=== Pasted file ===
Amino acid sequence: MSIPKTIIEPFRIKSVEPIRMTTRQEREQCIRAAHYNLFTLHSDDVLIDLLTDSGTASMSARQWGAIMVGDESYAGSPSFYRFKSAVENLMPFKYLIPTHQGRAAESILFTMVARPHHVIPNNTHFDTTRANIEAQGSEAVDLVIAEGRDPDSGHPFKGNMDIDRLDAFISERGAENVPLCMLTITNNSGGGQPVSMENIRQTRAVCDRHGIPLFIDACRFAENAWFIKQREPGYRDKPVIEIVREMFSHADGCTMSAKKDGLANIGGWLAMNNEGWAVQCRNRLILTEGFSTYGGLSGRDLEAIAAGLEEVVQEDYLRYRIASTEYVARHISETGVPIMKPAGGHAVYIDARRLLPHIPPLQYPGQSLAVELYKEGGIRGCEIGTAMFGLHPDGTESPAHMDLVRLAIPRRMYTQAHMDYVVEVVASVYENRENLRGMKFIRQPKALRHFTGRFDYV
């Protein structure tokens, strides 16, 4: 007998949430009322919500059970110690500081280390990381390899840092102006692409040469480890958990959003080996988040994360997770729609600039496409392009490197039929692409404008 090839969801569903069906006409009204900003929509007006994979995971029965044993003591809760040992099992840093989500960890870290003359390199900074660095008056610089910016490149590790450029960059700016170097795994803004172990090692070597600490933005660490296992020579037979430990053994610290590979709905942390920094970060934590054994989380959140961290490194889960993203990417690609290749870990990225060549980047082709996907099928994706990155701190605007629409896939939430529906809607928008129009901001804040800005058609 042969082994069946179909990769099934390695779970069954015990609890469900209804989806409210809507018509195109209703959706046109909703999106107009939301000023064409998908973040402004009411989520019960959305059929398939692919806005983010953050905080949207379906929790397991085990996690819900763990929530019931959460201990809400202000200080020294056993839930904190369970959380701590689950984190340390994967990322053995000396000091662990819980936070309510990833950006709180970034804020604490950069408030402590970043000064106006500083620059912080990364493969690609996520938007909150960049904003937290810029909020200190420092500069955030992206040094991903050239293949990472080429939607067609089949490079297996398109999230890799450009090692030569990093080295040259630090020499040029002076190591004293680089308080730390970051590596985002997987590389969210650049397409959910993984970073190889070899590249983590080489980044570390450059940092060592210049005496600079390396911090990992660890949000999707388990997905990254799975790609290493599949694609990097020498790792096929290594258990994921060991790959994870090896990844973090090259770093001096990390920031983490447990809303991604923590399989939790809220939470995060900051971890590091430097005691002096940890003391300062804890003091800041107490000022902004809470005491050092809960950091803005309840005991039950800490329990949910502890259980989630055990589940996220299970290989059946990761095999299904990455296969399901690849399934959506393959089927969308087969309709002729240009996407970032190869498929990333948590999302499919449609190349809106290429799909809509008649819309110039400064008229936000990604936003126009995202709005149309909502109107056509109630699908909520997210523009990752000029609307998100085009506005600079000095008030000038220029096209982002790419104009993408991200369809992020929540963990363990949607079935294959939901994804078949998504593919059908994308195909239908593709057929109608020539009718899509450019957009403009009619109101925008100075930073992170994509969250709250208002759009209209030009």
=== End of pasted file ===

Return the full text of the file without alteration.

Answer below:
Amino acid sequence: MSIPKTIIEPFRIKSVEPIRMTTRQEREQCIRAAHYNLFTLHSDDVLIDLLTDSGTASMSARQWGAIMVGDESYAGSPSFYRFKSAVENLMPFKYLIPTHQGRAAESILFTMVARPHHVIPNNTHFDTTRANIEAQGSEAVDLVIAEGRDPDSGHPFKGNMDIDRLDAFISERGAENVPLCMLTITNNSGGGQPVSMENIRQTRAVCDRHGIPLFIDACRFAENAWFIKQREPGYRDKPVIEIVREMFSHADGCTMSAKKDGLANIGGWLAMNNEGWAVQCRNRLILTEGFSTYGGLSGRDLEAIAAGLEEVVQEDYLRYRIASTEYVARHISETGVPIMKPAGGHAVYIDARRLLPHIPPLQYPGQSLAVELYKEGGIRGCEIGTAMFGLHPDGTESPAHMDLVRLAIPRRMYTQAHMDYVVEVVASVYENRENLRGMKFIRQPKALRHFTGRFDYV
């Protein structure tokens, strides 16, 4: 007998949430009322919500059970110690500081280390990381390899840092102006692409040469480890958990959003080996988040994360997770729609600039496409392009490197039929692409404008 090839969801569903069906006409009204900003929509007006994979995971029965044993003591809760040992099992840093989500960890870290003359390199900074660095008056610089910016490149590790450029960059700016170097795994803004172990090692070597600490933005660490296992020579037979430990053994610290590979709905942390920094970060934590054994989380959140961290490194889960993203990417690609290749870990990225060549980047082709996907099928994706990155701190605007629409896939939430529906809607928008129009901001804040800005058609 042969082994069946179909990769099934390695779970069954015990609890469900209804989806409210809507018509195109209703959706046109909703999106107009939301000023064409998908973040402004009411989520019960959305059929398939692919806005983010953050905080949207379906929790397991085990996690819900763990929530019931959460201990809400202000200080020294056993839930904190369970959380701590689950984190340390994967990322053995000396000091662990819980936070309510990833950006709180970034804020604490950069408030402590970043000064106006500083620059912080990364493969690609996520938007909150960049904003937290810029909020200190420092500069955030992206040094991903050239293949990472080429939607067609089949490079297996398109999230890799450009090692030569990093080295040259630090020499040029002076190591004293680089308080730390970051590596985002997987590389969210650049397409959910993984970073190889070899590249983590080489980044570390450059940092060592210049005496600079390396911090990992660890949000999707388990997905990254799975790609290493599949694609990097020498790792096929290594258990994921060991790959994870090896990844973090090259770093001096990390920031983490447990809303991604923590399989939790809220939470995060900051971890590091430097005691002096940890003391300062804890003091800041107490000022902004809470005491050092809960950091803005309840005991039950800490329990949910502890259980989630055990589940996220299970290989059946990761095999299904990455296969399901690849399934959506393959089927969308087969309709002729240009996407970032190869498929990333948590999302499919449609190349809106290429799909809509008649819309110039400064008229936000990604936003126009995202709005149309909502109107056509109630699908909520997210523009990752000029609307998100085009506005600079000095008030000038220029096209982002790419104009993408991200369809992020929540963990363990949607079935294959939901994804078949998504593919059908994308195909239908593709057929109608020539009718899509450019957009403009009619109101925008100075930073992170994509969250709250208002759009209209030009």